Compact Metasurface Array-Based System for Single-Shot Spectroscopic Ellipsometry

Spectroscopic ellipsometry is widely adopted in semiconductor processing, such as in the manufacturing of integrated circuits, flat display panels, and solar cells. However, a conventional spectroscopic ellipsometer, typically modulates the polarization state via mechanical rotation of the compensator or analyzer. For spectral detection, it either requires wavelength scanning or the use of a multi-channel spectrometer. The resulting system is often bulky, complex, and require multiple measurements.

In a new paper ( published in Light Science & Applications, a team of scientists, led by Professor Yuanmu Yang from Tsinghua University, China and co-workers have proposed and experimentally demonstrated a compact metasurface array-based system for single-shot spectroscopic ellipsometry measurement, as shown in Fig.1b.

The proposed system utilizes a silicon-based metasurface array to encode the full Stokes polarization spectrum of light reflected from the thin film. Subsequently, the polarization and spectral information is decoded based on the intensity signals collected by a CMOS sensor using convex optimization algorithms. It can reconstruct the full Stokes polarization spectrum of the thin film, which then further allow the determination of film thickness and refractive index. This approach significantly simplifies conventional spectroscopic ellipsometry systems and enables single-shot thin film parameter measurements.

The spectropolarimetric detection section of the ellipsometer is composed of a metasurface array integrated onto a commercial CMOS sensor, resulting in an extremely compact system. The metasurface array consists of 20 × 20 optimized elements designed to support anisotropic and spectrally-diverse response, ensuring accurate reconstruction of the full Stokes polarization spectrum. In this work, five SiO2 thin films with thicknesses ranging from 100 nm to 1000 nm deposited on a silicon substrate were selected as samples for testing. The fitted thicknesses and refractive index dispersions of the tested thin films closely matched the ground truth obtained from a commercial spectroscopic ellipsometer, with errors of only 2.16% and 0.84% for thickness and refractive index measurements, respectively.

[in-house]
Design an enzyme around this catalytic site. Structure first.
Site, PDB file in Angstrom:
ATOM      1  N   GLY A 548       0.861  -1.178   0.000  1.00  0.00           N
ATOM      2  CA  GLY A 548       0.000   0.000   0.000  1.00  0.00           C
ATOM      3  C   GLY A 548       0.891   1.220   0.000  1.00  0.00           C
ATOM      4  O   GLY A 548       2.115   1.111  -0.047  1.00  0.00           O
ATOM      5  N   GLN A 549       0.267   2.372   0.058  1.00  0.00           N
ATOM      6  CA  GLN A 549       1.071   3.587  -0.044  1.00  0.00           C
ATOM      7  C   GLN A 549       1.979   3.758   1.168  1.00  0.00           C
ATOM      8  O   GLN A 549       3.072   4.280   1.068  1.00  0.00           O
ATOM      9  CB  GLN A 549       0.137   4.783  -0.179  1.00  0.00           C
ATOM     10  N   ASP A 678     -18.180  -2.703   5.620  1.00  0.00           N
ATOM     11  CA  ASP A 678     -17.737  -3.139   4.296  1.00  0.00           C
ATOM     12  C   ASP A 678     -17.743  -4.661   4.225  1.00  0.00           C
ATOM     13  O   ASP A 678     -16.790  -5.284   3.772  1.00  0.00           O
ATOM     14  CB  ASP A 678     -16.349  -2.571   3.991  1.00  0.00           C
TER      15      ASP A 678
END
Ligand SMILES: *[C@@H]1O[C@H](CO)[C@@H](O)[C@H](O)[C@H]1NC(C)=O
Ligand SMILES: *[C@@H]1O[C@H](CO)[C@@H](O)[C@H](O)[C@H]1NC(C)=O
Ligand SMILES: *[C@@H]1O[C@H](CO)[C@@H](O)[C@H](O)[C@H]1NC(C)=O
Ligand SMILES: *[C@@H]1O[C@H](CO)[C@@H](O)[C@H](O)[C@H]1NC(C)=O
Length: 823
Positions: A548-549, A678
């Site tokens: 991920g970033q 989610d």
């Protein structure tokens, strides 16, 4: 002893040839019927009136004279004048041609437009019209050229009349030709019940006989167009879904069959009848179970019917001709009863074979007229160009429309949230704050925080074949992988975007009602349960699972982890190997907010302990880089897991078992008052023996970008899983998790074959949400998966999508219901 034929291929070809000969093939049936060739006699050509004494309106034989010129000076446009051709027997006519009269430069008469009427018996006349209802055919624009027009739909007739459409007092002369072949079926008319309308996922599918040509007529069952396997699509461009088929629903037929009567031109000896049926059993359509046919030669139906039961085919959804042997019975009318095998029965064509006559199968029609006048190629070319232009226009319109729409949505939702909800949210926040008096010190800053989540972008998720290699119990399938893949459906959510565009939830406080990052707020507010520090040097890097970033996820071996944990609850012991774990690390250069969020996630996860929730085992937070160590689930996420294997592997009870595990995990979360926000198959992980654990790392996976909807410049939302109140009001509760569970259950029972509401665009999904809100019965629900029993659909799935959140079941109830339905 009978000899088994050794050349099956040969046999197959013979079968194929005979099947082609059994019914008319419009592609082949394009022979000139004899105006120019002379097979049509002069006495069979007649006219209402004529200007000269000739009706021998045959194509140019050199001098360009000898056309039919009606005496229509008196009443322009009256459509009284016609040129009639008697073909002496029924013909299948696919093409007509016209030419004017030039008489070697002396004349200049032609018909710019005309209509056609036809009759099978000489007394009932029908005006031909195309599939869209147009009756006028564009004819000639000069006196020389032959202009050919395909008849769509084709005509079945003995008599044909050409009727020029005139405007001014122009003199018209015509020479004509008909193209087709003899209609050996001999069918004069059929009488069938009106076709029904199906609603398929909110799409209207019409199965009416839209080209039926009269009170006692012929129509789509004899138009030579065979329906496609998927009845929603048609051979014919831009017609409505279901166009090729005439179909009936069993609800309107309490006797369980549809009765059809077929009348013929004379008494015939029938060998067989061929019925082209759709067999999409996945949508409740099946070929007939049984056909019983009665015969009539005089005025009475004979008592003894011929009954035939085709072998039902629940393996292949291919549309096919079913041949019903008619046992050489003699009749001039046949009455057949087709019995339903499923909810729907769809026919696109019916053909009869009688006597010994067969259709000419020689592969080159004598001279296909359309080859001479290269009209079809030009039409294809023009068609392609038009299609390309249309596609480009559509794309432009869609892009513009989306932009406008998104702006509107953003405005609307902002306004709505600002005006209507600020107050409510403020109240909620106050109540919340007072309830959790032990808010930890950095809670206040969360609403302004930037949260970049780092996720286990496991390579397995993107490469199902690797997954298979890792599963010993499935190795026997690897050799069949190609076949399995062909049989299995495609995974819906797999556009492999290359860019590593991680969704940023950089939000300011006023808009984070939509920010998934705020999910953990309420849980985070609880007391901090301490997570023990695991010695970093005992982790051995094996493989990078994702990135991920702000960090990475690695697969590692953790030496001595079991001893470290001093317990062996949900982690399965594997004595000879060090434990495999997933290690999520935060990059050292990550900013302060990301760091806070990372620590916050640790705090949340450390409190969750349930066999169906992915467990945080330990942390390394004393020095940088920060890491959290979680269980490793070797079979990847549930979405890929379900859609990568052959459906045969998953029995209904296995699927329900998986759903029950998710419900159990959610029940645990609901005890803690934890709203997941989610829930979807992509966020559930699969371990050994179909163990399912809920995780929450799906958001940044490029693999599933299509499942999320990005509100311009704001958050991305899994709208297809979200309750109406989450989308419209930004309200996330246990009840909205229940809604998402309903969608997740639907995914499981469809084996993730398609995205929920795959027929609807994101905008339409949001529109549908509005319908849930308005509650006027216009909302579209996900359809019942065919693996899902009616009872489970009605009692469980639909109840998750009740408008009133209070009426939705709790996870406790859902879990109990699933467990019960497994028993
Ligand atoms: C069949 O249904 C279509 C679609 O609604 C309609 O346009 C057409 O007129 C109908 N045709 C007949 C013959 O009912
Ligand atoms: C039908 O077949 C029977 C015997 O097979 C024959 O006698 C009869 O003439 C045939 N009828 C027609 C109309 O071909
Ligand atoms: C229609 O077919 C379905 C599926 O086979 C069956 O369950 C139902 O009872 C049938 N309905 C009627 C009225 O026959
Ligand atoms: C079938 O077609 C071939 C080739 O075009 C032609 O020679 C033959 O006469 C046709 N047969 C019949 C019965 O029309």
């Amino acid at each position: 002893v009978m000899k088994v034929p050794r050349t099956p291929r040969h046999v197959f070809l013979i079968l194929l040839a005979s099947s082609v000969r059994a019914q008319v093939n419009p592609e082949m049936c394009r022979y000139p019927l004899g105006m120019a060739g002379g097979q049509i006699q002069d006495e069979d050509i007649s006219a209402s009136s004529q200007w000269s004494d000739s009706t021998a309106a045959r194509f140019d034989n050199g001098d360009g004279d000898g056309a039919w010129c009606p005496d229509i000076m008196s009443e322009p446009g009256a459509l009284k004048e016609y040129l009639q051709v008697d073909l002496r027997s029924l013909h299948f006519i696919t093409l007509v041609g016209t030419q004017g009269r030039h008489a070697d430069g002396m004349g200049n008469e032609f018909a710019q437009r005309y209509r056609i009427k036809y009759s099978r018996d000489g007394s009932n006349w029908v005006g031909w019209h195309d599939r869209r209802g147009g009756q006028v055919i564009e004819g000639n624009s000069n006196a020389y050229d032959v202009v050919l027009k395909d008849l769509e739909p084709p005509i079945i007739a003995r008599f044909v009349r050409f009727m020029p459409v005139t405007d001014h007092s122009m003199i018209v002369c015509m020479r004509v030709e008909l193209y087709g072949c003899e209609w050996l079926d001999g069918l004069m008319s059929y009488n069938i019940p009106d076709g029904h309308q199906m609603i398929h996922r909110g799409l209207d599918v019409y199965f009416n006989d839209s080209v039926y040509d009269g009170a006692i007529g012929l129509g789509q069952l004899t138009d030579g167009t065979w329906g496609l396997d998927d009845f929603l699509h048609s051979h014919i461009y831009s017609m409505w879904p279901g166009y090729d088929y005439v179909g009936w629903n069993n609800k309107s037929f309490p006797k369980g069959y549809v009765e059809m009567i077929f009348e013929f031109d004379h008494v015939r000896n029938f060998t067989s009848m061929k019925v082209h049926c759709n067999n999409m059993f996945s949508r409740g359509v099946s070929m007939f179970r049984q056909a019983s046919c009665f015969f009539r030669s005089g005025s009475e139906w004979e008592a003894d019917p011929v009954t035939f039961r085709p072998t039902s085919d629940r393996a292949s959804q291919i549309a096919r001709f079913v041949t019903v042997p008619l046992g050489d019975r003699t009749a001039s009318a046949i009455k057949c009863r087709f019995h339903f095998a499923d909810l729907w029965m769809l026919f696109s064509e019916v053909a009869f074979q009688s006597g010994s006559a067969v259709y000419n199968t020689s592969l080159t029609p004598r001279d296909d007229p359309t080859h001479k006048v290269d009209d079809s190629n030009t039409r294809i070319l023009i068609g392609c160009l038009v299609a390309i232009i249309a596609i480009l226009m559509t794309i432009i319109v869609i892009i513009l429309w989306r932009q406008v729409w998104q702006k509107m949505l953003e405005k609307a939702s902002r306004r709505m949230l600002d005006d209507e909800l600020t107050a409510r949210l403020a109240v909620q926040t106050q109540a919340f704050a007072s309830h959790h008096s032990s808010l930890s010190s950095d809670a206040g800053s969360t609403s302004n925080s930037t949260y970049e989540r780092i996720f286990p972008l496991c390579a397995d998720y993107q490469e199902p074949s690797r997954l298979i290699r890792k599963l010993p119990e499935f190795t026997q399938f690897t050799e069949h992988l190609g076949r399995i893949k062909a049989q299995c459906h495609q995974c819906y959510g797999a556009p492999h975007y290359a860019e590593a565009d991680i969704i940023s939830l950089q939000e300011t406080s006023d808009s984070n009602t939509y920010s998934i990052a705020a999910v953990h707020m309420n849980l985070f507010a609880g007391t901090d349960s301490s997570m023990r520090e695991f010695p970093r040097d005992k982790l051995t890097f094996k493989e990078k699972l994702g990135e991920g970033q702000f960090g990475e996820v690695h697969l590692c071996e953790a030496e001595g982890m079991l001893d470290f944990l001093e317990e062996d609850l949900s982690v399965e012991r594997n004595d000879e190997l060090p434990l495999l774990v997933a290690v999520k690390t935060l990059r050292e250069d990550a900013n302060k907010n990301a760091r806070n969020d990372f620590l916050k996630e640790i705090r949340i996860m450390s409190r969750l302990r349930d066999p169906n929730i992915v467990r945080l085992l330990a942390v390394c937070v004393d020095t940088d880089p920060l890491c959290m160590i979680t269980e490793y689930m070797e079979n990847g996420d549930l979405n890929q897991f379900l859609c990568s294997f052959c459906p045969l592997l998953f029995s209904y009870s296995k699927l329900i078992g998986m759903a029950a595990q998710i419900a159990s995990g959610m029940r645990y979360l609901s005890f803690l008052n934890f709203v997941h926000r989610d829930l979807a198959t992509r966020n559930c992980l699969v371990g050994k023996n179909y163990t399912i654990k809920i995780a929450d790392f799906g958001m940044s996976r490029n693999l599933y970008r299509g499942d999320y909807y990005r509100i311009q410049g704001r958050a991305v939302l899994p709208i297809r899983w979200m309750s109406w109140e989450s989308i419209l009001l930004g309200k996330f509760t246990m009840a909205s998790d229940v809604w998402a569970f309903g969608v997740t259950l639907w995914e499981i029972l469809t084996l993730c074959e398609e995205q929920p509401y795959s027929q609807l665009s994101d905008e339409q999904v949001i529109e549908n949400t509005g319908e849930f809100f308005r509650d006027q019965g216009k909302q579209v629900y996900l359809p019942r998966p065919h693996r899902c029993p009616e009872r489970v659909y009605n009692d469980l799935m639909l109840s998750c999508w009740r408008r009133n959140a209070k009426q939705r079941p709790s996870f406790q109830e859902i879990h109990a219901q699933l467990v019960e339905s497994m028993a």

The research team proposed and experimentally demonstrated a metasurface-array for single-shot integrated spectroscopic ellipsometry system. This system allows accurate determination of thin film thickness and refractive index through a single measurement without any mechanical moving parts or dynamic phase modulation elements. The metasurface array also holds promise for spectropolarimetric imaging, which may further allow the non-destructive characterization of spatially-inhomogeneous thin films.


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